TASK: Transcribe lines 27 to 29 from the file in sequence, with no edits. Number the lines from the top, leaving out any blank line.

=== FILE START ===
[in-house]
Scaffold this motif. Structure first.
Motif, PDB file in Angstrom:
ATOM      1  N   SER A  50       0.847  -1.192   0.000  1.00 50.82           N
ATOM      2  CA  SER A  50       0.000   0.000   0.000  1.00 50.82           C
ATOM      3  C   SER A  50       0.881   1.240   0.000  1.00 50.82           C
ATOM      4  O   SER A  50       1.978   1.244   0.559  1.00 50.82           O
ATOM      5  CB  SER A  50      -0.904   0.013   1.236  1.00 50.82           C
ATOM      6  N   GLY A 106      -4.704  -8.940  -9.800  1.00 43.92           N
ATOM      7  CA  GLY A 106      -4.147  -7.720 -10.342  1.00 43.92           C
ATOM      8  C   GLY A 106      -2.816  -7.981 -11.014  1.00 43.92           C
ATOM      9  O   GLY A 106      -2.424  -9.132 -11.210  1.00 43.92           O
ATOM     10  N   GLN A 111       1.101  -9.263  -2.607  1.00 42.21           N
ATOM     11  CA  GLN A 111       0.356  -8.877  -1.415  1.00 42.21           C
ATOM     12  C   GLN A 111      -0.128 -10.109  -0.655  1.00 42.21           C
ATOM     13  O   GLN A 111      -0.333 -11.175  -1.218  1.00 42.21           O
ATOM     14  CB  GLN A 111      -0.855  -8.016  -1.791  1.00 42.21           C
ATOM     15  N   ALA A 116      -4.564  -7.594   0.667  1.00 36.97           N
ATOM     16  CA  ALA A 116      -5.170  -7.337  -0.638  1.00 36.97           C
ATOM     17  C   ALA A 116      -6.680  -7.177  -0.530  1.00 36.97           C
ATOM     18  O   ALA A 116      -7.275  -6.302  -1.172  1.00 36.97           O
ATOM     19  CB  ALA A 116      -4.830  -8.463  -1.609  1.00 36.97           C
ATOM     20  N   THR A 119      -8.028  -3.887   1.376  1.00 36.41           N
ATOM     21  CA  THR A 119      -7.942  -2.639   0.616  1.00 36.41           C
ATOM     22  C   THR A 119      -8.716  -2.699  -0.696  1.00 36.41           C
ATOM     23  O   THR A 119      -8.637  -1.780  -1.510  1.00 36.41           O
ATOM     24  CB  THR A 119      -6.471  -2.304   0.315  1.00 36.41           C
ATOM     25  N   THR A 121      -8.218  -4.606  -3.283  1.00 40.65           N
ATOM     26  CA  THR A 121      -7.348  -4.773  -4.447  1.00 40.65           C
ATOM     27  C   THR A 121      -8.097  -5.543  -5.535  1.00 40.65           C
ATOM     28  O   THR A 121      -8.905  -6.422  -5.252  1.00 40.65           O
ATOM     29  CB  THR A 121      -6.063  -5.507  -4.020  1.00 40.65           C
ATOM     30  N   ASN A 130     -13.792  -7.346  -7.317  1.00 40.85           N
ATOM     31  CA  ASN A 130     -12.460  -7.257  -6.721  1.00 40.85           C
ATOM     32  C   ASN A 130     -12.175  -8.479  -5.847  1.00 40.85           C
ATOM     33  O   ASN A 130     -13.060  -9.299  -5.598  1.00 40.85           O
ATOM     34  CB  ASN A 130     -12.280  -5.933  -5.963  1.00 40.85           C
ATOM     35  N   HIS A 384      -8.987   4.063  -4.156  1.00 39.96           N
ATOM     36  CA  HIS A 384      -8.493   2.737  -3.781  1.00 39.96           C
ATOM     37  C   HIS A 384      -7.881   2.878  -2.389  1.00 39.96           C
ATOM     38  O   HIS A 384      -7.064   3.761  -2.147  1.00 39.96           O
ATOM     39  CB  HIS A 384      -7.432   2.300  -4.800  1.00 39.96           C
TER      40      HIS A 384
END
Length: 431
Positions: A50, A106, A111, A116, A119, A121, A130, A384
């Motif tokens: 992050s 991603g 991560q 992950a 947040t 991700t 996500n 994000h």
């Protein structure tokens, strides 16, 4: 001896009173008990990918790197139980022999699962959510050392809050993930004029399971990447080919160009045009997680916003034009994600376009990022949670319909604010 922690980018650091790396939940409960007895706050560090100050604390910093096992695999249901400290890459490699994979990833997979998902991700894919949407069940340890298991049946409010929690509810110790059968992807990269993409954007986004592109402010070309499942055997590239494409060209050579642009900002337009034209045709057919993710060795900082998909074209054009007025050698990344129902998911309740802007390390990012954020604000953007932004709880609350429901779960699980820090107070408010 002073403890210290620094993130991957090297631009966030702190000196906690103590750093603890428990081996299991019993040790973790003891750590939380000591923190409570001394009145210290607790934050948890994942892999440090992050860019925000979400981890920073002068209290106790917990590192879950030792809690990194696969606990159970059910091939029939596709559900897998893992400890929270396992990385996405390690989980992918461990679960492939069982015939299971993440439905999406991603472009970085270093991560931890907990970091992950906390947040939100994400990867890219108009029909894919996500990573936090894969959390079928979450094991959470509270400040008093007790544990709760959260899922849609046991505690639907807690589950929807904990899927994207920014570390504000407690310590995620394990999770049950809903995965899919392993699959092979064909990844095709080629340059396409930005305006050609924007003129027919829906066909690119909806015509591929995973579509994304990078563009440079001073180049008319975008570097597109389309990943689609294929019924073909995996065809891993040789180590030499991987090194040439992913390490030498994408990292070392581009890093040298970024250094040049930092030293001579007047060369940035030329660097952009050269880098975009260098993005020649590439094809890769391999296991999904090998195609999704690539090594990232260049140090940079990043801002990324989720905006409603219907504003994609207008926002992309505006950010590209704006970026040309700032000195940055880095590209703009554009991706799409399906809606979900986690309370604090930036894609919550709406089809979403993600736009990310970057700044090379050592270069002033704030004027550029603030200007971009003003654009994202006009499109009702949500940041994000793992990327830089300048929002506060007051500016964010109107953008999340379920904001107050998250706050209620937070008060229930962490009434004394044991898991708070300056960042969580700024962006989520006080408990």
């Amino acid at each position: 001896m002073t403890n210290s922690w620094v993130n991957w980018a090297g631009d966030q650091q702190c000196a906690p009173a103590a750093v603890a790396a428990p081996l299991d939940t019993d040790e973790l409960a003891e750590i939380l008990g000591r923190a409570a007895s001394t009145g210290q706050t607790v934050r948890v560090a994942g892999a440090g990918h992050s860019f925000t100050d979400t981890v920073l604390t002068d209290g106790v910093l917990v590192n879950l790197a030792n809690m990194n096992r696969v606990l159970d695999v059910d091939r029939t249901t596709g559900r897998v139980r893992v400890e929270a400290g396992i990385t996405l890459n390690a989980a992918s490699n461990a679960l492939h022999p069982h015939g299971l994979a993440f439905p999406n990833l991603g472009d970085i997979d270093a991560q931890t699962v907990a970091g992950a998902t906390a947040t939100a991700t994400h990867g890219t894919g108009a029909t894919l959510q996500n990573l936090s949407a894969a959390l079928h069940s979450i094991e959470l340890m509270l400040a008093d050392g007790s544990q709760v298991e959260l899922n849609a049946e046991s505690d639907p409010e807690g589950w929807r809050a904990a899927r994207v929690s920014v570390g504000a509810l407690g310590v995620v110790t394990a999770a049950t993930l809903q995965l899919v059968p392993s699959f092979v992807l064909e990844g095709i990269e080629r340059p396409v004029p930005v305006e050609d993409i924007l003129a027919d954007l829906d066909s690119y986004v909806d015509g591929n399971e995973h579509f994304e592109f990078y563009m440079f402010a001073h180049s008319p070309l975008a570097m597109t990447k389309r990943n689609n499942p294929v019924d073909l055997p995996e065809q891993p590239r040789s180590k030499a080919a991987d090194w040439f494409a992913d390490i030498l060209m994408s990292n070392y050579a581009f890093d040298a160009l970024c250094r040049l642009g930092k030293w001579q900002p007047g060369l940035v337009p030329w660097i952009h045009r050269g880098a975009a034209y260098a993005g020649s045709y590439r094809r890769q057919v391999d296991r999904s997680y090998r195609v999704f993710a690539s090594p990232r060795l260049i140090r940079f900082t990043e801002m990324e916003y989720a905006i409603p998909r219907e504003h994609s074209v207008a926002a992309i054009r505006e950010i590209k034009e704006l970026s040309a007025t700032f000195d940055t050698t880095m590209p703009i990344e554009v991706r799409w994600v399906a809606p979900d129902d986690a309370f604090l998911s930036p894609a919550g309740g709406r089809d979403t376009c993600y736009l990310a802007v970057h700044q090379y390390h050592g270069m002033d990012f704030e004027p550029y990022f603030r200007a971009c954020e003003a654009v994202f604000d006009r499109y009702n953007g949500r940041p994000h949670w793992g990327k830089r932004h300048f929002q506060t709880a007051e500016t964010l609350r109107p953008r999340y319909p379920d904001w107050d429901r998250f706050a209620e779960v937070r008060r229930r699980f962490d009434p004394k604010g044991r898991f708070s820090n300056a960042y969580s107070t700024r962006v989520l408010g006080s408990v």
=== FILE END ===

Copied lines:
ATOM     24  CB  THR A 119      -6.471  -2.304   0.315  1.00 36.41           C
ATOM     25  N   THR A 121      -8.218  -4.606  -3.283  1.00 40.65           N
ATOM     26  CA  THR A 121      -7.348  -4.773  -4.447  1.00 40.65           C